Her Flesh and Blood

[Cornerstone, Summer 1998]

A foot, a rib, a womb. A piece of glass. Whalebones smoothed and polished, netted in cloth. The mother takes her daughter’s hand.

The girl is dizzy; bright sunlight stripes through the shutters and dims her eyes. The old cloth tape is in her mother’s hand. A pause of disappointment; her waist has still not met the mark of 20. The whalebones that stripe across her bones, the bones of the dead behemoth, are stronger than her bones. Her bones are young and they will give. She pauses between small tastes of air. On the day she was born her waist measured 16 inches. The bones press in. The mother thinks: this hurts, yes, but this is the way the world is. Not to do this would hurt my daughter more.

Though she is still a very little girl, the mother has brought her, this bright day, to the old woman. The root of springing desire, that can lead a woman to ruin, must be cut out before it awakens. The sun beats on the grass, making it hot and dazzlingly green. The other women join them; they hold the girl down, many strong hands, and in the old woman’s hand the piece of glass is sharp, but not sharp enough to be swift. The little girl is screaming, higher screams flung higher, like red rags of banners cast into the air. The blood on the green grass is hot. The strong hands are firm and not without love. The little banners float higher, still unheard, and disappear. The mother thinks: this hurts, yes, but this is the way the world is. Not to do this would hurt my daughter more.

Because the child’s foot is so young, it rolls, it rolls more easily. The mother unwraps the cloth and finds the foot beginning to conform, beginning to meet the shape of its binding. She bathes it. The foot is pale, and in places the swaddled skin has been crimped into tiny folds like crepe. The tiny toes, once lined like peas, are beginning to splay under, to meet their new configuration. The mother is young herself, and frail. When the child drops her painted ball it rolls, it rolls out of reach; she lunges, but does not try to run, to retrieve it. The mother thinks: this hurts, yes, but this is the way the world is. Not to do this would hurt my daughter more.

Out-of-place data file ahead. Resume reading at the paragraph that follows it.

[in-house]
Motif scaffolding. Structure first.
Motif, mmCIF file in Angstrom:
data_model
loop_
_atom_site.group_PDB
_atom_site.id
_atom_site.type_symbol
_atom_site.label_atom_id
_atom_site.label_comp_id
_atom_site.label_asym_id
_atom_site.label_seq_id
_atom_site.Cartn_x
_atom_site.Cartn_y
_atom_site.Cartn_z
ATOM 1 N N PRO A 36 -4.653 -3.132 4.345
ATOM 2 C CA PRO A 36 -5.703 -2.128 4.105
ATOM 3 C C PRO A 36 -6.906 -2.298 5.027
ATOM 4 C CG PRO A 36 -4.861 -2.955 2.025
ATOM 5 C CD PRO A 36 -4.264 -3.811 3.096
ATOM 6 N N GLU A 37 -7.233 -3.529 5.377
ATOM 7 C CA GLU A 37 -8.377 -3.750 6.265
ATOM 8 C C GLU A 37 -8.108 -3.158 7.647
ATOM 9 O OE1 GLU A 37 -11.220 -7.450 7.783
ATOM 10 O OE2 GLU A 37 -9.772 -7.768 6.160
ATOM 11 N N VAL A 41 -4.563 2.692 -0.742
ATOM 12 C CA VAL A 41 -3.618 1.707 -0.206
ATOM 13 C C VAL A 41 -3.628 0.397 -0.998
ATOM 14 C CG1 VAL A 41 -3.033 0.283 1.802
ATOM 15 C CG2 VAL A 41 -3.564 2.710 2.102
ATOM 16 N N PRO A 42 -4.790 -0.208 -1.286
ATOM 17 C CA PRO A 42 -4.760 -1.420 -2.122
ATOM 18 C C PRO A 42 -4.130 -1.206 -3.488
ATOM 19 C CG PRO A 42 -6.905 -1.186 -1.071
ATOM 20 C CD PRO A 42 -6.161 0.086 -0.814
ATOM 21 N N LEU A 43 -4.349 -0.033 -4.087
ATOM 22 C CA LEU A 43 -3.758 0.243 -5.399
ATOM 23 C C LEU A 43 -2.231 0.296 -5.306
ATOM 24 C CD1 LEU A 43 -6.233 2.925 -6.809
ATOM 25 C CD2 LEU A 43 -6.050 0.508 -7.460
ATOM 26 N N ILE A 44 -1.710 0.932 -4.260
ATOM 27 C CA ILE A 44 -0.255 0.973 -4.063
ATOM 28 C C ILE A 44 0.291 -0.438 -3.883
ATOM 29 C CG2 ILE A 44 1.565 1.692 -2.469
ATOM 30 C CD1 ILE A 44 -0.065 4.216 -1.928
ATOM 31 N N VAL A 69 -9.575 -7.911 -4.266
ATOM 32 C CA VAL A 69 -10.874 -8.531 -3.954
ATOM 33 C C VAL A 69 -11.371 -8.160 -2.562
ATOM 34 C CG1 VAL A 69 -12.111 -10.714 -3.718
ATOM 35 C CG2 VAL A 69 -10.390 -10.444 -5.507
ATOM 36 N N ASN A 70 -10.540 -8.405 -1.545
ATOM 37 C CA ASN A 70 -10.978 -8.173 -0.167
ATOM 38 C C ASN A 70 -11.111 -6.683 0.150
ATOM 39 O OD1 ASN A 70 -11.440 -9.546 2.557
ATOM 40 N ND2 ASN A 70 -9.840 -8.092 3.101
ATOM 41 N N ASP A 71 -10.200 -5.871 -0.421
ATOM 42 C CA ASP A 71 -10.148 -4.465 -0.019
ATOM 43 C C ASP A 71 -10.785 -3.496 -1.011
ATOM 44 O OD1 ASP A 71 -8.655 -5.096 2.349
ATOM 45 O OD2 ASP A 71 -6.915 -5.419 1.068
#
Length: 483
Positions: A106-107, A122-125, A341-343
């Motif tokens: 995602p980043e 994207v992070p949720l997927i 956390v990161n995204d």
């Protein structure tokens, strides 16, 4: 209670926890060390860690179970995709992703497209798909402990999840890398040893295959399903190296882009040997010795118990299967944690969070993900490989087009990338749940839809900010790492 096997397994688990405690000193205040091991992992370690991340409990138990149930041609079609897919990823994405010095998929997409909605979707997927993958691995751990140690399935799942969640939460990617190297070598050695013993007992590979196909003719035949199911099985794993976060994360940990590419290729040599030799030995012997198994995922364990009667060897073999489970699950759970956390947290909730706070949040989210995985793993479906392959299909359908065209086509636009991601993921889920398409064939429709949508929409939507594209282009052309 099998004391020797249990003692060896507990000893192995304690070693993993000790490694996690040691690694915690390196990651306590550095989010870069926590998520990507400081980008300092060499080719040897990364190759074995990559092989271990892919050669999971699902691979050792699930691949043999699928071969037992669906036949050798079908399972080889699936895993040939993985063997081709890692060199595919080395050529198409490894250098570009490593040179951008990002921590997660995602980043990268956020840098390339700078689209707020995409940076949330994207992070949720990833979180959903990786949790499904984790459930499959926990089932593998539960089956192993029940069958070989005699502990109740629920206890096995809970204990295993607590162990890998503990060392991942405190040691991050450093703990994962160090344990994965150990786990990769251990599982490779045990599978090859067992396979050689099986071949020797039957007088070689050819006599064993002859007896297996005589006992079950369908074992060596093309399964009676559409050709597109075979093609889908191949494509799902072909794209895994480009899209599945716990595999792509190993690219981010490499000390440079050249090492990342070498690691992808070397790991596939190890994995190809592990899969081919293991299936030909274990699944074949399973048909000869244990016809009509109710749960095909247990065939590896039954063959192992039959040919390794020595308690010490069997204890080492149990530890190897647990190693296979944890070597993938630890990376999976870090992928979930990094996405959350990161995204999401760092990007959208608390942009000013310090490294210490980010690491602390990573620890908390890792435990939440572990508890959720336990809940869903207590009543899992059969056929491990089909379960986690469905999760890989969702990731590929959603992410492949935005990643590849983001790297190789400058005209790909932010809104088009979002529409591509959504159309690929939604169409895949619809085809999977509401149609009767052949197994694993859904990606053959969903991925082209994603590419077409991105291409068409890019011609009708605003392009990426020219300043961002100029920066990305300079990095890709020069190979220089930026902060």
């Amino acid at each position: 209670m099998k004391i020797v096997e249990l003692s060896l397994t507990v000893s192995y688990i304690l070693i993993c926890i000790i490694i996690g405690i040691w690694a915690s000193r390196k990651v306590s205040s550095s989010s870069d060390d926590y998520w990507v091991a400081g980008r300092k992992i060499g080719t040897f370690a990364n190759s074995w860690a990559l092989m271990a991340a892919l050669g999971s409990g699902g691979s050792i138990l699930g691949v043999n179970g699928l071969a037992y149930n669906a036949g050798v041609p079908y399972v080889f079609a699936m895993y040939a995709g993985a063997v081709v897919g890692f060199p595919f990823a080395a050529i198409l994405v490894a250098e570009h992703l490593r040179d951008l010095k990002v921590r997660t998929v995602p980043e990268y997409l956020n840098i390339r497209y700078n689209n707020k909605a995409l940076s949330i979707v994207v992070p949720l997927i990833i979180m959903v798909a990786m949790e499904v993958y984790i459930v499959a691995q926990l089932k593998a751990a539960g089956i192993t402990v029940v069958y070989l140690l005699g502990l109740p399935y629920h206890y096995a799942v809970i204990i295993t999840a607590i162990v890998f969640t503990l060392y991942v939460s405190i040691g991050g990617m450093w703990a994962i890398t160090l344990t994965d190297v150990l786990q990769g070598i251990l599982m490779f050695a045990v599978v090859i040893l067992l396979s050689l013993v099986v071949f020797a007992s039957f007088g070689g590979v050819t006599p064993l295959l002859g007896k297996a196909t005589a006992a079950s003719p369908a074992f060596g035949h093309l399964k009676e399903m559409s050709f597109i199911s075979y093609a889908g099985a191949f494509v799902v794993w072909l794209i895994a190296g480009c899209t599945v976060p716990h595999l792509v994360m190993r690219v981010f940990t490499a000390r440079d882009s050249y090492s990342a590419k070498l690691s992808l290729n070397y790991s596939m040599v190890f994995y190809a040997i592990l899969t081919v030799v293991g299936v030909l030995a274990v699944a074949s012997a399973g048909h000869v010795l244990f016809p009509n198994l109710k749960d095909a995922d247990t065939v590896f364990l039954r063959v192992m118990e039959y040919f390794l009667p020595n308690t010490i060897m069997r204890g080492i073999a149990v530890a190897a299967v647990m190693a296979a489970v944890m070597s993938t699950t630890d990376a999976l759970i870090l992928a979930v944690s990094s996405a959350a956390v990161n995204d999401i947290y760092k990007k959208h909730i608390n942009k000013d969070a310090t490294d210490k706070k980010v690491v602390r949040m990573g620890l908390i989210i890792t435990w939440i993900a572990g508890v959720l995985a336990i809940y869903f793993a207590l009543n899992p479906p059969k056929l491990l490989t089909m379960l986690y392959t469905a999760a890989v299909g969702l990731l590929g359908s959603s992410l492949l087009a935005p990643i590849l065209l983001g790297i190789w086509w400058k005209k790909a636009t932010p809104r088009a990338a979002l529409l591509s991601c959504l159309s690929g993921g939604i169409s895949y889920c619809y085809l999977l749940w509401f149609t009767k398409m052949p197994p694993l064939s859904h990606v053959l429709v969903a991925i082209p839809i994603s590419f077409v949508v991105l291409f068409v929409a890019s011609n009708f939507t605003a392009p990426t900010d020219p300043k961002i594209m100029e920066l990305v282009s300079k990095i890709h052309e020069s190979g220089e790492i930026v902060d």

The clinic waiting room floats with gray April light; heavy rain streaks the windows, flushes seeds from their beds to the gutter. The room is too small for the restless girl. Her limbs are long, still growing, but a second bloom is on her: roses riot in her cheeks, creamy light flows from her skin, her hair is thick, her waist thickening in blind eagerness to welcome the new daughter within. The mother sits across from her, feeling very old. A dozen years ago the girl sat on the third step smacking loud kisses on her doll’s half-bald head; today she is silent, all the protests washed out of her. The mother sees, in the girl’s hand, the tiny teddy bear she carries with her keys. The girl rubs the matted fur softly, but her eyes pierce the floor with hot, yearning tears. The mother, the grandmother, thinks: This hurts. Yes. But this is the way the world is. Not to do this would hurt my daughter more.

About Frederica Matthewes-Green

Frederica Mathewes-Green is a wide-ranging author who has published 10 books and 800 essays, in such diverse publications as the Washington Post, Christianity Today, Smithsonian, and the Wall Street Journal. She has been a regular commentator for National Public Radio (NPR), a columnist for the Religion News Service, Beliefnet.com, and Christianity Today, and a podcaster for Ancient Faith Radio. (She was also a consultant for Veggie Tales.) She has published 10 books, and has appeared as a speaker over 600 times, at places like Yale, Harvard, Princeton, Wellesley, Cornell, Calvin, Baylor, and Westmont, and received a Doctor of Letters (honorary) from King University. She has been interviewed over 700 times, on venues like PrimeTime Live, the 700 Club, NPR, PBS, Time, Newsweek, and the New York Times. She lives with her husband, the Rev. Gregory Mathewes-Green, in Johnson City, TN. Their three children are grown and married, and they have fourteen grandchildren.

GenderPro-Life

Leave a Reply